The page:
TED NUGENT IS PORTRAYED often in the media as a racist and a monster. In Red Hot Rock Magazine’s opinion, after speaking to Mr. Nugent several times, we do not agree. Every time we have had the pleasure of speaking to this always-high-energy rock’n’roll icon, Uncle Ted has emphasized the debt he continues to pay to all of his black heroes. Nugent’s choice of language can be colorful and, thankfully, not politically correct. But he has never once betrayed a hint of bigotry to us. And as you will read in the following story, Nugent’s charitable work goes way beyond what any in the left-leaning mainstream media will dare discuss lest they reveal what an ethical, conscientious and well-meaning individual Ted Nugent really is.
The cover story you are about to read is the result of two wide-ranging, in-depth conversations conducted with Uncle Ted, the first just about the time of the release of Nugent’s latest studio effort, Shut Up & Jam! Following that is a fresh, new interview completed shortly before this issue of Red Hot Rock went to print. But we begin on July 14, 2014.
RED HOT ROCK MAGAZINE: Mr. Ted Nugent!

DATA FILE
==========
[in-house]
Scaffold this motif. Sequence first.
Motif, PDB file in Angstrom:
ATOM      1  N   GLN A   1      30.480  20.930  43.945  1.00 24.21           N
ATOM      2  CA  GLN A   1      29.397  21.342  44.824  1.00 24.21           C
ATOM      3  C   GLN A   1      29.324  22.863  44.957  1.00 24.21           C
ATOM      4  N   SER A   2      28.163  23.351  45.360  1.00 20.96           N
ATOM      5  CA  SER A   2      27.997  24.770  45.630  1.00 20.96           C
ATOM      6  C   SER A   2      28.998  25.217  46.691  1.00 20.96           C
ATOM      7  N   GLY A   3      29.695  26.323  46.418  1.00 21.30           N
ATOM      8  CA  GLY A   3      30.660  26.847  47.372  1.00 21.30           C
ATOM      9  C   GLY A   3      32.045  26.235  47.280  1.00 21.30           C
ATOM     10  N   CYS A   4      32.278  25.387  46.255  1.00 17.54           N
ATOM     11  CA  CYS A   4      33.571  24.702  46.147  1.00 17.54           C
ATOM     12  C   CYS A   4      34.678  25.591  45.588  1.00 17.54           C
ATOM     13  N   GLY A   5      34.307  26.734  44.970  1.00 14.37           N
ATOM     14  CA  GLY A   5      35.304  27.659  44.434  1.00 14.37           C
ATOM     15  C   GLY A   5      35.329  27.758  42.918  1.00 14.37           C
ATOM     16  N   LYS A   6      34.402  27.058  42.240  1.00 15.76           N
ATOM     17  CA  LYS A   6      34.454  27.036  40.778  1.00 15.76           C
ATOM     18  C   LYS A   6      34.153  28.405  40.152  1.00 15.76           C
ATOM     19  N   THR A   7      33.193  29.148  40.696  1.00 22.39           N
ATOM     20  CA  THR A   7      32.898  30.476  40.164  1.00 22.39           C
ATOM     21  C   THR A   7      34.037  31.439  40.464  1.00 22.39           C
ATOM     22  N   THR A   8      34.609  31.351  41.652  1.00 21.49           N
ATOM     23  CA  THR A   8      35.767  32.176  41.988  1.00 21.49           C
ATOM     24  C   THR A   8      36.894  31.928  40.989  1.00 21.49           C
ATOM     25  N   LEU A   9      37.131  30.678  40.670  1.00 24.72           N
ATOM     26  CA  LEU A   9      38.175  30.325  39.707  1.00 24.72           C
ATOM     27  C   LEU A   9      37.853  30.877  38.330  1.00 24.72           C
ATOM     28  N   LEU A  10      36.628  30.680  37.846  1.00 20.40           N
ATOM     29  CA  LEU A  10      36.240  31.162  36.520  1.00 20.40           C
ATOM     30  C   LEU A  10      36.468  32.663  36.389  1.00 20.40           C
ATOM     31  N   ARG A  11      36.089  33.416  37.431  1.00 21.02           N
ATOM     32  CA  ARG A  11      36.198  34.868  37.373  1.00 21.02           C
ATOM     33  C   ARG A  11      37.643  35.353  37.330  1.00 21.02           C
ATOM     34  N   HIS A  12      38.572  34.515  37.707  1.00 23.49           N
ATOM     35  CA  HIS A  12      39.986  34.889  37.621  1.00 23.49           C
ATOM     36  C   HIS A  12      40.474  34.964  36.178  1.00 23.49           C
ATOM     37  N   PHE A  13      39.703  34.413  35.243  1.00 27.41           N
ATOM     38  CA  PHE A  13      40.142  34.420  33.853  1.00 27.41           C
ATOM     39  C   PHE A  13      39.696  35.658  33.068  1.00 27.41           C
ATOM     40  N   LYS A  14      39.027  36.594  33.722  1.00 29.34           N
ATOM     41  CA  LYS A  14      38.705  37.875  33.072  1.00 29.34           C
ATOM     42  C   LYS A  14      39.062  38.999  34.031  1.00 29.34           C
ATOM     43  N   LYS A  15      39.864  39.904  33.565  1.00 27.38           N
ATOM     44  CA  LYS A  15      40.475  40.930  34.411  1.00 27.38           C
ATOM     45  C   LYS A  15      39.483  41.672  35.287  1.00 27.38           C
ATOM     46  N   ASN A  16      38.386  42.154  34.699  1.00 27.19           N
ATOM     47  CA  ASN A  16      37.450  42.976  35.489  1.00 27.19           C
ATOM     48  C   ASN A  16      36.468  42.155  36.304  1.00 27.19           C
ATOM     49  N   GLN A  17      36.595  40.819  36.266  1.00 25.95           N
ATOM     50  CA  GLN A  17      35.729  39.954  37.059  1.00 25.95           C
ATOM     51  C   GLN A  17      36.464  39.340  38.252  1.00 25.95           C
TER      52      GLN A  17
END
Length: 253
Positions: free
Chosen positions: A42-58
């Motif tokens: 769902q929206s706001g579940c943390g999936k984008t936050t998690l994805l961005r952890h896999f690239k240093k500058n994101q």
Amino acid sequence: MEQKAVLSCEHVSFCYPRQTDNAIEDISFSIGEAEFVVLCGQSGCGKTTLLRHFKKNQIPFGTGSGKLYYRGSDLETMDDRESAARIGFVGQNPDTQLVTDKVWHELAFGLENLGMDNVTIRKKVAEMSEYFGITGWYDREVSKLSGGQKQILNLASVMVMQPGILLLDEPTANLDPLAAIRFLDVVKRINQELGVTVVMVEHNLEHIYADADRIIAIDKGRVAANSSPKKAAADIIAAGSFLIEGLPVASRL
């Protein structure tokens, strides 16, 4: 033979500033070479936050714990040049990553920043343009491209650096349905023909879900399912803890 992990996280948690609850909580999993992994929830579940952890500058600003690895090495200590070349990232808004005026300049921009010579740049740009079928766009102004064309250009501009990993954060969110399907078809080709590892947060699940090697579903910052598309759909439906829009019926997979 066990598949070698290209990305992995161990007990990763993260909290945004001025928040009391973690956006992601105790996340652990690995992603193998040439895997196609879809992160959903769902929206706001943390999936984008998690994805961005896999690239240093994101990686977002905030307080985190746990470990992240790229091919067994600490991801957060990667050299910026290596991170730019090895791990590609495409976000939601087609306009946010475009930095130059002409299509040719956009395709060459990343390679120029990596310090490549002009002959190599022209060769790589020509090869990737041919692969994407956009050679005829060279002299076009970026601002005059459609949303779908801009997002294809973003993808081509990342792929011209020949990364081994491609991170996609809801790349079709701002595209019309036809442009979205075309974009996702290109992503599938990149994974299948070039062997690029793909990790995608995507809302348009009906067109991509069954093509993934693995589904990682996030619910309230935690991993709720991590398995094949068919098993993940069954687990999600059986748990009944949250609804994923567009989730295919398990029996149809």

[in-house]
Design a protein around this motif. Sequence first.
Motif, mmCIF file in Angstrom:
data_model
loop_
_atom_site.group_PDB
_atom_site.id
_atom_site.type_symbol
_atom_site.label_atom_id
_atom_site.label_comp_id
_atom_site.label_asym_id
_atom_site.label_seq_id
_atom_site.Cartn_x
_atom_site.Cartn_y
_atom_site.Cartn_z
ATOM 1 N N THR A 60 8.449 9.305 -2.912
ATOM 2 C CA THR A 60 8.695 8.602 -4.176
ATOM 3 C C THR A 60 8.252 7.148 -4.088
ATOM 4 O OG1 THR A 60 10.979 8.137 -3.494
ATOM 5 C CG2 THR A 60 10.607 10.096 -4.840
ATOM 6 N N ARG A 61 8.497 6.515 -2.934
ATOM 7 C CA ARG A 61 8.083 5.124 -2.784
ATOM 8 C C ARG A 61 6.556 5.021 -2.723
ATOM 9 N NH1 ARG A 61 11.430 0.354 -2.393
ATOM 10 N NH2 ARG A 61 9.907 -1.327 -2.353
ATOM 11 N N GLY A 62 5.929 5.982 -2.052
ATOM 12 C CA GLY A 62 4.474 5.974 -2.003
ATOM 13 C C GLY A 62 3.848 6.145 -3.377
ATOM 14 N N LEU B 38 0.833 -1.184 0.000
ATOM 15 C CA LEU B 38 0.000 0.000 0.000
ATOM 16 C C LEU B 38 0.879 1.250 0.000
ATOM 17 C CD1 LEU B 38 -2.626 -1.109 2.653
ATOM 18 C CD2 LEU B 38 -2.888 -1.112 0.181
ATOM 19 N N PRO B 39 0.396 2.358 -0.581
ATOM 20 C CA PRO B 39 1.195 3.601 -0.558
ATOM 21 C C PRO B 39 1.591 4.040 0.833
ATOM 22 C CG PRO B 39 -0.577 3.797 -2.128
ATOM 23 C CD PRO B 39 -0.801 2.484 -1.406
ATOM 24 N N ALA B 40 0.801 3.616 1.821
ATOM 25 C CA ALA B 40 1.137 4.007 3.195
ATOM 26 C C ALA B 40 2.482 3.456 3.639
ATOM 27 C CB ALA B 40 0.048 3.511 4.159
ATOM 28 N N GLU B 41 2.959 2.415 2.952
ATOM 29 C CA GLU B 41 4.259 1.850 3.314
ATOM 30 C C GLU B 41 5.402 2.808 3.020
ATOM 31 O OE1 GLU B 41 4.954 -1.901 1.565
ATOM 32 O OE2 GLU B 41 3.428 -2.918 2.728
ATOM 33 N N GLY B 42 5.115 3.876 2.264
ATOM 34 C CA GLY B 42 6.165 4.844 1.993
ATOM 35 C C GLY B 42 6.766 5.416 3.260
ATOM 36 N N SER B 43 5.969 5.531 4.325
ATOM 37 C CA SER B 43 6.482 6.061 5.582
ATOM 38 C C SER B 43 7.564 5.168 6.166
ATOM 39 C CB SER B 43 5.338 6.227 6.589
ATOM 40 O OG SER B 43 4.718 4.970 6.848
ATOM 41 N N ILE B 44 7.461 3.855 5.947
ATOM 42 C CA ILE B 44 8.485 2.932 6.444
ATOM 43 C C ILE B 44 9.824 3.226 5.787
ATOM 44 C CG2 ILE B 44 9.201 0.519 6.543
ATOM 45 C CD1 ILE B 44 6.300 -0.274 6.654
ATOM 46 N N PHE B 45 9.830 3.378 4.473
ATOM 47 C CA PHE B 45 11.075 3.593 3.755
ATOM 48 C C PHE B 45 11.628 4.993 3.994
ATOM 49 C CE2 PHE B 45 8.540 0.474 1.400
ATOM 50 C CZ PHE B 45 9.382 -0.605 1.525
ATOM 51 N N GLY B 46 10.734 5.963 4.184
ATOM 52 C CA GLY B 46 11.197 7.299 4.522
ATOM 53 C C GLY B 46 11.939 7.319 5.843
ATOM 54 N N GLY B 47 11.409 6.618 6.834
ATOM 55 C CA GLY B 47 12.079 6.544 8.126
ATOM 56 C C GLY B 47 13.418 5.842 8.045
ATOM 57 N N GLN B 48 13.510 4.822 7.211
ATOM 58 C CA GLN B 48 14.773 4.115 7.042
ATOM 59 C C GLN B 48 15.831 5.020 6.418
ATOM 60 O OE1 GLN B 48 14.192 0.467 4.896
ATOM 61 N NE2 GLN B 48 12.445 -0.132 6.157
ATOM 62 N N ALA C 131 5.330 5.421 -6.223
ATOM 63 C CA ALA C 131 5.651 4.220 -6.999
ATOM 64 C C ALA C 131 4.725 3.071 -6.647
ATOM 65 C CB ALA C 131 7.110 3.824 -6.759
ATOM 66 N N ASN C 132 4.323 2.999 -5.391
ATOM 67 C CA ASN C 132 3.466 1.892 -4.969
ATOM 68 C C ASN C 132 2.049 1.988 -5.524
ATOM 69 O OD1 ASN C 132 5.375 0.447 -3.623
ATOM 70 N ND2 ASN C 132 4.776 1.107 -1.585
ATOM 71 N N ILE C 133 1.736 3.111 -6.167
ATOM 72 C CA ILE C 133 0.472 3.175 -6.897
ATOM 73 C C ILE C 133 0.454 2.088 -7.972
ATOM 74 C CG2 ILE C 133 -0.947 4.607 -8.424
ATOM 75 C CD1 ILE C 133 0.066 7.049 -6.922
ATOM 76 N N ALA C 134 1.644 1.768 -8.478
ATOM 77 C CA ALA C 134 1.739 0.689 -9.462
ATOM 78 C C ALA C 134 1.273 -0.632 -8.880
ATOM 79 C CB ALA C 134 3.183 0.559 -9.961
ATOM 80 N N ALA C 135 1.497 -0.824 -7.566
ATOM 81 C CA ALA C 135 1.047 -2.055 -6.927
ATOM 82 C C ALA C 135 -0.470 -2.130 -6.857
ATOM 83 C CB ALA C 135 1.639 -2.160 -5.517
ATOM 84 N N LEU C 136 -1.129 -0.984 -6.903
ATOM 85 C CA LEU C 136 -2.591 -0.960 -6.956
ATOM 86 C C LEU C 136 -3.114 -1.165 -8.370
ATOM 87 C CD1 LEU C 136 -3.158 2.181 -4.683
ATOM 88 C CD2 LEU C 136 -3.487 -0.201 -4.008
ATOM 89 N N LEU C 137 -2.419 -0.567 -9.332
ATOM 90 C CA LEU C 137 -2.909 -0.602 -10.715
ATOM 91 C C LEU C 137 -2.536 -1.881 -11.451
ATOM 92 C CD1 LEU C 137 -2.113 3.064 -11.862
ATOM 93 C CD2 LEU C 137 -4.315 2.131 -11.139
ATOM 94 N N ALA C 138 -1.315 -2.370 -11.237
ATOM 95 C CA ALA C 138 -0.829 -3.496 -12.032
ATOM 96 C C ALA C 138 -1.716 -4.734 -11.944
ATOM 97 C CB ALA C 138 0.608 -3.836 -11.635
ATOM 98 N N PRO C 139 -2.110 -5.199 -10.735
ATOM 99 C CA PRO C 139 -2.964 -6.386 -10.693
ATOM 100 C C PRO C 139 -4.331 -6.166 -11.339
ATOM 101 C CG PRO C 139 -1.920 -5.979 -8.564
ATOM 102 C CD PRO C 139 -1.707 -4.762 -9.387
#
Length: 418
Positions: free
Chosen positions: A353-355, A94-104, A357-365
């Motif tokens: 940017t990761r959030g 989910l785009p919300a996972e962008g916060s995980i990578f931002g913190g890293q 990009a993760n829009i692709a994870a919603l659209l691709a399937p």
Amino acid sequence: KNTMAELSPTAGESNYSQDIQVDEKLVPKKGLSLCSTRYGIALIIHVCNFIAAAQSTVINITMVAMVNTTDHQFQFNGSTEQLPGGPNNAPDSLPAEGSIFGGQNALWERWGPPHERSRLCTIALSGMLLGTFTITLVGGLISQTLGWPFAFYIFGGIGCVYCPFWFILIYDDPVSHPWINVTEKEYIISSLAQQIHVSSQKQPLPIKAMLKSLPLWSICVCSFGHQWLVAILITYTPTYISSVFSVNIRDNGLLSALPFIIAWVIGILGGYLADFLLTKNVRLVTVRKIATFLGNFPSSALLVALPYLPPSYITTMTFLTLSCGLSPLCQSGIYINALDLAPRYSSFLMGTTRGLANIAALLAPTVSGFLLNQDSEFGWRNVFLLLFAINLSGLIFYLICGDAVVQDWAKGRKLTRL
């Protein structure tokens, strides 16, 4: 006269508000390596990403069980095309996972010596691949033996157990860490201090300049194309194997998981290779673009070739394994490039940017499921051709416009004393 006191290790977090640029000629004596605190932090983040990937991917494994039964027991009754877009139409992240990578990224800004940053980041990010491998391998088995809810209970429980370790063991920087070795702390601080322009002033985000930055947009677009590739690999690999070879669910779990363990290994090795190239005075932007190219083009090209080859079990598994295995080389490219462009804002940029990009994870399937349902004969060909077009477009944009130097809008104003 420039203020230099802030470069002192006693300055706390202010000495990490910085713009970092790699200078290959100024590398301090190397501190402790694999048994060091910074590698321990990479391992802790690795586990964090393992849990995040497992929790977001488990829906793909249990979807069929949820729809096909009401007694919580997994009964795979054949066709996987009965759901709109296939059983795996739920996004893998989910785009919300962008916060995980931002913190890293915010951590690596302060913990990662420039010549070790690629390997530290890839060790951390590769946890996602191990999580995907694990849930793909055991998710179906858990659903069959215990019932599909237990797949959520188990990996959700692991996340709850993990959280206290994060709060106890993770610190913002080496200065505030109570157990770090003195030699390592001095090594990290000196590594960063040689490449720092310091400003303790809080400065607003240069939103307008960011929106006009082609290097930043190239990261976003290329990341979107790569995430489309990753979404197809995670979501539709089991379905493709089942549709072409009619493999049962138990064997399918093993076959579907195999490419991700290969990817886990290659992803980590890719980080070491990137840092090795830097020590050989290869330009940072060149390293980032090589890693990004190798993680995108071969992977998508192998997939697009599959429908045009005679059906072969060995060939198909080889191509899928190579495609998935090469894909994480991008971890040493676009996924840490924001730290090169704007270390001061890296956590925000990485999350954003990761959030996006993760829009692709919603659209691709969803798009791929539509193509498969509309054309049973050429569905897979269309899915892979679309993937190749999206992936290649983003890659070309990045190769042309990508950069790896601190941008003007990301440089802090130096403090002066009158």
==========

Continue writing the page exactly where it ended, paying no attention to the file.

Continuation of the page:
TED NUGENT: Full-fuckin’-time! How you doin’, boy?
RHRM: OK. Very good. Great to hear your voice again. It’s been a few years since I last spoke to you…
THE NUGE: Yeah. If you love killer rock’n’roll, it probably is good to hear my voice, isn’t it? Just to know I’m out here, still doing it for the unsuspecting civilian public. Heh heh heh!
RHRM: Well, sir. I need to say that it’s a thrill whenever I have the opportunity to speak to you. While publishing the magazine overseas in a very left-leaning country, we proudly placed you on the cover of Red Hot Rock with the stars and stripes waving behind you. As you can imagine, this wasn’t politically correct, but we didn’t care. And we broadcasted a radio show, which began with a rock’n’roll version of the American national anthem, in a neighborhood populated by anti-American, anti-Israel people. Now that I am back home, we will always provide a home for Ted Nugent whenever you wish to be in the magazine.